The events that each of the seven encounters become symbolic of the potential dangers of the new world as their fates interweave. Bright new opportunities exist in the future to put an end to terrorism, bigotry, and even hatred itself. But even if violence is no longer conceivable, some of us will still attempt it. That intent on destruction will seek out the most cunning methods to accomplish their goals since mindless cruelty is still very much alive and strong.

My review-

These options are carefully examined by Michael Landweber. Both those who were formerly the targets of this violence and those who wanted to inflict it but were unable to are represented in his cast. The author uses this premise to examine several different stories, including those of a sixth-grader who is being bullied, a young person living in a housing project that is overrun with drug dealers and gangbangers, a revolutionary, a dictator, and teenagers fleeing El Salvador’s violence by crossing the border illegally. There are ties between some of the stories’ characters that overlap.

I admired how the book considered concerns that probably never occurred to me. The most enjoyable part of the novel, in my opinion, is seeing the characters adjust to their new environment. It was amazing to watch them go ahead and, hopefully, move better. I do wish the narrative had lasted a bit longer so we could have seen some of the longer-lasting consequences of nonviolence. Of course, I was interested in the why, albeit if I had been in this universe, I probably would have paid less attention to them as well. The author, in my opinion, did a superb job examining the many characters—both evil and good—and their reactions to this amazing occurrence. Observing how he linked the personalities together was also intriguing. This book resembled an interconnected collection of short stories more often than it did a traditional novel.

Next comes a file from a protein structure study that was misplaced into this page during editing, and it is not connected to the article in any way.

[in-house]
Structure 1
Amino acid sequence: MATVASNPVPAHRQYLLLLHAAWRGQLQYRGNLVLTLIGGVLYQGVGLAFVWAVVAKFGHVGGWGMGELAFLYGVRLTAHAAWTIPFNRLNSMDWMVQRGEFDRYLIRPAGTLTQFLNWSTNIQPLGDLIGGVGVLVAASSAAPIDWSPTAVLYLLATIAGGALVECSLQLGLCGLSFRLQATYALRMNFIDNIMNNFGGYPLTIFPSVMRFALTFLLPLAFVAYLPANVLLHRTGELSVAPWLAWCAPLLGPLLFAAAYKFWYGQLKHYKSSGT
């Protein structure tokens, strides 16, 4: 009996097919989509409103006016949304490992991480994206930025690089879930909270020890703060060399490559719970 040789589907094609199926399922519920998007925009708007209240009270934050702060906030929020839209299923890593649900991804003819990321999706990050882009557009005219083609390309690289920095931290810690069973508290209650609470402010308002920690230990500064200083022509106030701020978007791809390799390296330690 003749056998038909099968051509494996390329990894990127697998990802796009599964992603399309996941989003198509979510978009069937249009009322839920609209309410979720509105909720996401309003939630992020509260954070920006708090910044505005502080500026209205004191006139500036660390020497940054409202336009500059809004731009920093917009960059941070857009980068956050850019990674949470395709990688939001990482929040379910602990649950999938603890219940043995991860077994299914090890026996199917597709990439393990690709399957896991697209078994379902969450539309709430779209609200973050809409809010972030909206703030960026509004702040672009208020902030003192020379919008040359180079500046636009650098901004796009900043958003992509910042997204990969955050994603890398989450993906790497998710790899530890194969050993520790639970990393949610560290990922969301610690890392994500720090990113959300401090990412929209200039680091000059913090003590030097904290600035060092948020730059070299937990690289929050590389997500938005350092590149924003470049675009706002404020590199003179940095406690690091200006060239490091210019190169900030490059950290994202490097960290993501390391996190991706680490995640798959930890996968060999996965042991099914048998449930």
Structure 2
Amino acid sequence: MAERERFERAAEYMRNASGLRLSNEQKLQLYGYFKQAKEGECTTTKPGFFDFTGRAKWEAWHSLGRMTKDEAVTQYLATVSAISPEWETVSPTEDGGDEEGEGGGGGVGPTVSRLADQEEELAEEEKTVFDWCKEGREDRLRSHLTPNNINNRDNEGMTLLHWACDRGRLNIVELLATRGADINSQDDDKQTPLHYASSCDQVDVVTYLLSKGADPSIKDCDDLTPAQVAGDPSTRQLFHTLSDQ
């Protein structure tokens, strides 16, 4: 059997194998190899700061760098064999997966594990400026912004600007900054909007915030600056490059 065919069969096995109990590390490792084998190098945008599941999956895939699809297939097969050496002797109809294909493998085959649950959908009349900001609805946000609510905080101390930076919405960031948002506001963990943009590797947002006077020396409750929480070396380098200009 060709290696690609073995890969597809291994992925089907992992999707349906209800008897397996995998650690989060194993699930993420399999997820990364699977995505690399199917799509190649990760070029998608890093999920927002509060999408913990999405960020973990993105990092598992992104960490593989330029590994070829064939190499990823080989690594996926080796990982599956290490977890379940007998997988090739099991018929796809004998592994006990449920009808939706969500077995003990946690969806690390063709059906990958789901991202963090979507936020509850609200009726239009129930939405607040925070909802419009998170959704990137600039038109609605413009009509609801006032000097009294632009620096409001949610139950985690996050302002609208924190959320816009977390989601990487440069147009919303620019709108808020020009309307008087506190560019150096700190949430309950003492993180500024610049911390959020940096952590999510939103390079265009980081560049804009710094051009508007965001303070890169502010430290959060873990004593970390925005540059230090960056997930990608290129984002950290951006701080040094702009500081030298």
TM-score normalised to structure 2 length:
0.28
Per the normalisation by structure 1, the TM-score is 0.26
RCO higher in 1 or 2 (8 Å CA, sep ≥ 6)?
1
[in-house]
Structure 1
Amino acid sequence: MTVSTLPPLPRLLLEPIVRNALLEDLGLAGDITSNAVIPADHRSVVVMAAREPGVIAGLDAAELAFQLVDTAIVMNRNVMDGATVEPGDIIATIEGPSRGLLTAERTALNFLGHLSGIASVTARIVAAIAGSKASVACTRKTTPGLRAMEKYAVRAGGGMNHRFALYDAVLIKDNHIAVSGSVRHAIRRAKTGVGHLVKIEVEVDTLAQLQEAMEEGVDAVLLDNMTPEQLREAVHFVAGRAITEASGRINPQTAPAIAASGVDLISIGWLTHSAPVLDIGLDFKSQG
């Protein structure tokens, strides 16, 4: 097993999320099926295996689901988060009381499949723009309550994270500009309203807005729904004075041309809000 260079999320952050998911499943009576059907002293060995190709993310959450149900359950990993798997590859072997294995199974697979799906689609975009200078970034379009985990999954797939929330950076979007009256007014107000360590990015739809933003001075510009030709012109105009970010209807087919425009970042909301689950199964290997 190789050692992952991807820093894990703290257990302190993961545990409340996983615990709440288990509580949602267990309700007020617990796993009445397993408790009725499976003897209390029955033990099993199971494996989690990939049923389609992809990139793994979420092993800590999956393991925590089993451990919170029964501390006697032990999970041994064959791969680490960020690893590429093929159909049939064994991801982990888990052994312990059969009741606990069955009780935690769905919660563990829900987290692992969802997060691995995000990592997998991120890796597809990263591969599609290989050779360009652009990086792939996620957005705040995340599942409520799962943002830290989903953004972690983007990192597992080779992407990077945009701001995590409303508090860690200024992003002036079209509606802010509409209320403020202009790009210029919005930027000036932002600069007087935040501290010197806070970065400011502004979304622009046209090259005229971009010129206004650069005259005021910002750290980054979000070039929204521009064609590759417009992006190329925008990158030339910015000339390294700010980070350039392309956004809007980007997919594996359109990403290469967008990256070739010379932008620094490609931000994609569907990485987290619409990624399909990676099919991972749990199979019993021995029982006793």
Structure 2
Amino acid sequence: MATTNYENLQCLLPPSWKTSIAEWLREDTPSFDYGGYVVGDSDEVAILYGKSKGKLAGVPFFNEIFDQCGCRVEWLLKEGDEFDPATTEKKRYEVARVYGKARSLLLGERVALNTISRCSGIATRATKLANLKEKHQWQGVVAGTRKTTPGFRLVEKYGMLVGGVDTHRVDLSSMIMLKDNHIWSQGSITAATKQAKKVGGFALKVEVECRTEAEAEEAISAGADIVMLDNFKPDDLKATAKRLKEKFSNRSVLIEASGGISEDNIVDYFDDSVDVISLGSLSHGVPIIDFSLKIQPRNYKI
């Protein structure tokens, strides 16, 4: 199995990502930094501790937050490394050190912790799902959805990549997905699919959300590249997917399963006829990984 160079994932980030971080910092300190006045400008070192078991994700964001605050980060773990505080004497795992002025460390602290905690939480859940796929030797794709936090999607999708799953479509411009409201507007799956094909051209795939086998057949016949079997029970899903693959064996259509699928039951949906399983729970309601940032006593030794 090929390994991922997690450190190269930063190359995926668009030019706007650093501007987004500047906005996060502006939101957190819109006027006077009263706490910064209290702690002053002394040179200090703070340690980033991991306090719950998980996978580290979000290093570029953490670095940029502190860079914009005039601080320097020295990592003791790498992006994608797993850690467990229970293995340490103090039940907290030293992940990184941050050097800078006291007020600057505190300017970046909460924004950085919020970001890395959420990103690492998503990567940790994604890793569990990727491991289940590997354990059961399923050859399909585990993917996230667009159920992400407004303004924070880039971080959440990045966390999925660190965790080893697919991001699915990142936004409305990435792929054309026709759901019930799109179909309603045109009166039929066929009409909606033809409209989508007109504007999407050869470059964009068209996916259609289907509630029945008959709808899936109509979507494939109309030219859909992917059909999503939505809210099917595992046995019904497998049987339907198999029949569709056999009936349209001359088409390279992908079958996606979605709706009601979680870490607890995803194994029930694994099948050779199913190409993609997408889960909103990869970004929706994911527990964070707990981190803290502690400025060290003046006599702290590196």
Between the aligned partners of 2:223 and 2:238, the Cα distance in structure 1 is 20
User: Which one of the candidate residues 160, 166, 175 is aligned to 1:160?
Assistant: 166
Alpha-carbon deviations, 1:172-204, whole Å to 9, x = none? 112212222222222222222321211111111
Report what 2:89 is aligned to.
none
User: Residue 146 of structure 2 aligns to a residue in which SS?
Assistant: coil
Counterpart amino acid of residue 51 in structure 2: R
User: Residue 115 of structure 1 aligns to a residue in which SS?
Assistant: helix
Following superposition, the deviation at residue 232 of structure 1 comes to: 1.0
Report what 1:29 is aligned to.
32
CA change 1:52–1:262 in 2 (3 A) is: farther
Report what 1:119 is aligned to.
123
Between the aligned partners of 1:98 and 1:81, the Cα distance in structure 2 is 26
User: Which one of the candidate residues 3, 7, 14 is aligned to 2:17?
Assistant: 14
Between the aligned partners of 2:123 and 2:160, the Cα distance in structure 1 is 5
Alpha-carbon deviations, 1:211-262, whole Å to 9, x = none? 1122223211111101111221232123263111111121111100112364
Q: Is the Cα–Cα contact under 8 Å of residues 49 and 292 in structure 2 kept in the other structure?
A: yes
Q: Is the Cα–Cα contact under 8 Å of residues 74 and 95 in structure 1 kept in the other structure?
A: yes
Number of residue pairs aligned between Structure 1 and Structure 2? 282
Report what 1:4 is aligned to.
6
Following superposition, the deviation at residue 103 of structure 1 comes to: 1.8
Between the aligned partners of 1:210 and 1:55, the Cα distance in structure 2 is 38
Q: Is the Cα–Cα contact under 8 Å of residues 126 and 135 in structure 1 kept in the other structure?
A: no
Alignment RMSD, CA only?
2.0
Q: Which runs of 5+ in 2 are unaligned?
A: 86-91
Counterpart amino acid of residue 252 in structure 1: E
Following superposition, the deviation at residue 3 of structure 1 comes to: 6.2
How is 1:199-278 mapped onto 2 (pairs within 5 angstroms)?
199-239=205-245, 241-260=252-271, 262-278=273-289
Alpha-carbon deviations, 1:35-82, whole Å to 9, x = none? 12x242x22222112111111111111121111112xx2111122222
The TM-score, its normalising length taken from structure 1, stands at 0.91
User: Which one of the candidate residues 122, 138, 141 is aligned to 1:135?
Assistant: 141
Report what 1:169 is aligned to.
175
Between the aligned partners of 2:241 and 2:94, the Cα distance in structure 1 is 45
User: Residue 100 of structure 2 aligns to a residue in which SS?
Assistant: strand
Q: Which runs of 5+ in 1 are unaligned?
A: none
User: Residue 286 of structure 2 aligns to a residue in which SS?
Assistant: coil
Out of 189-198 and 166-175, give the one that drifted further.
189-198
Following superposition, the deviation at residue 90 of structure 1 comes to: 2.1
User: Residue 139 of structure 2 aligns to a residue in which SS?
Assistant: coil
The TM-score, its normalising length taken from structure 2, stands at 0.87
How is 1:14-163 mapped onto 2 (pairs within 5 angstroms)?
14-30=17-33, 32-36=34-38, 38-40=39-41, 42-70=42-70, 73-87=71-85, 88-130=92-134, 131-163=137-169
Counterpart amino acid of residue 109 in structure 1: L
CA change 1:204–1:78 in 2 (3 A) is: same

This book provoked a lot of thought and raised some significant, pertinent issues. Some of these tales struck a more profound chord than others, such as the tale of the school-bullied child, the girl who fled her violent birthplace in search of safety and a better life, and the wife who was subjected to spousal abuse. Each individual is impacted differently. I like how Landweber closes this book, letting us understand how this shift would affect things down the road. I’m especially happy that the fascist was left hanging as they went through all of our protagonists. Good. That is what he merits. This novel concluded on a high note, giving me the same pleasant sensation as the first chapter. Overall, despite those few complaints, I think reading The Damage Done was a great experience, and I’m pleased I did.
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QUICK TAKE: Very clever concept (what would happen if all the violence in the world just ended), but I struggled a bit with the execution. The story is told through the POV of several tangentially connected characters and how they deal with the fallout of a world without violence (spoiler: even without violence, people still find a way to harm each other), but the book left me with more questions than answers. Definitely thought-provoking and worth considering if you enjoyed THE VIOLENCE or THE MEASURE.